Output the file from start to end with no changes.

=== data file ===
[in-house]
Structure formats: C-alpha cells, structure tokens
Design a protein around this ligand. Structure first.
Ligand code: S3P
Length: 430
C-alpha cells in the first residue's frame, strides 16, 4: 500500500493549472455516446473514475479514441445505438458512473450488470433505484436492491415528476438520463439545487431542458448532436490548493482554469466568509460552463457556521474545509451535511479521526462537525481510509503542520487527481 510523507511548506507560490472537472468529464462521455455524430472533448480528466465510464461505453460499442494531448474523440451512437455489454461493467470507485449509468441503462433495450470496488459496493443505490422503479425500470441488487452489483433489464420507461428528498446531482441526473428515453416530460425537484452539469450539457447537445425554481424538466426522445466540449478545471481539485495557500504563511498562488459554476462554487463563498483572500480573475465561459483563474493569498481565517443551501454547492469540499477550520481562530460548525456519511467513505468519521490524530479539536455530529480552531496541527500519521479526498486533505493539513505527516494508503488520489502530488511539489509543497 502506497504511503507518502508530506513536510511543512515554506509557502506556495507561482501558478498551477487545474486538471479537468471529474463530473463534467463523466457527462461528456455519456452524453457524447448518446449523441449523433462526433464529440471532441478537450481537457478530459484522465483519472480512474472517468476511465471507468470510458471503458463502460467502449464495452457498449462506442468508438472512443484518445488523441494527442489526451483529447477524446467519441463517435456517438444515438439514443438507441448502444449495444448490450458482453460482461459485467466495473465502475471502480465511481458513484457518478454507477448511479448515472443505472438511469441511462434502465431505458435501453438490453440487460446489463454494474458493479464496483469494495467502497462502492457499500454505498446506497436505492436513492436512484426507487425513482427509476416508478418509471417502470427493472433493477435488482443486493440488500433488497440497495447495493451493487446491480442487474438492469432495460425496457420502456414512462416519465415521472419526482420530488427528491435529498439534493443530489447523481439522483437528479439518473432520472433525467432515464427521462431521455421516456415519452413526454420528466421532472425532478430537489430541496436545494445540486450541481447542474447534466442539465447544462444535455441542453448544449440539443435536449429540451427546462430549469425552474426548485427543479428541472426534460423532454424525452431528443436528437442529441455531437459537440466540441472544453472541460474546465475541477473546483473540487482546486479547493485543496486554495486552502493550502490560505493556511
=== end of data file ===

[in-house]
Structure formats: C-alpha cells, structure tokens
Design a protein around this ligand. Structure first.
Ligand code: S3P
Length: 430
C-alpha cells in the first residue's frame, strides 16, 4: 500500500493549472455516446473514475479514441445505438458512473450488470433505484436492491415528476438520463439545487431542458448532436490548493482554469466568509460552463457556521474545509451535511479521526462537525481510509503542520487527481 510523507511548506507560490472537472468529464462521455455524430472533448480528466465510464461505453460499442494531448474523440451512437455489454461493467470507485449509468441503462433495450470496488459496493443505490422503479425500470441488487452489483433489464420507461428528498446531482441526473428515453416530460425537484452539469450539457447537445425554481424538466426522445466540449478545471481539485495557500504563511498562488459554476462554487463563498483572500480573475465561459483563474493569498481565517443551501454547492469540499477550520481562530460548525456519511467513505468519521490524530479539536455530529480552531496541527500519521479526498486533505493539513505527516494508503488520489502530488511539489509543497 502506497504511503507518502508530506513536510511543512515554506509557502506556495507561482501558478498551477487545474486538471479537468471529474463530473463534467463523466457527462461528456455519456452524453457524447448518446449523441449523433462526433464529440471532441478537450481537457478530459484522465483519472480512474472517468476511465471507468470510458471503458463502460467502449464495452457498449462506442468508438472512443484518445488523441494527442489526451483529447477524446467519441463517435456517438444515438439514443438507441448502444449495444448490450458482453460482461459485467466495473465502475471502480465511481458513484457518478454507477448511479448515472443505472438511469441511462434502465431505458435501453438490453440487460446489463454494474458493479464496483469494495467502497462502492457499500454505498446506497436505492436513492436512484426507487425513482427509476416508478418509471417502470427493472433493477435488482443486493440488500433488497440497495447495493451493487446491480442487474438492469432495460425496457420502456414512462416519465415521472419526482420530488427528491435529498439534493443530489447523481439522483437528479439518473432520472433525467432515464427521462431521455421516456415519452413526454420528466421532472425532478430537489430541496436545494445540486450541481447542474447534466442539465447544462444535455441542453448544449440539443435536449429540451427546462430549469425552474426548485427543479428541472426534460423532454424525452431528443436528437442529441455531437459537440466540441472544453472541460474546465475541477473546483473540487482546486479547493485543496486554495486552502493550502490560505493556511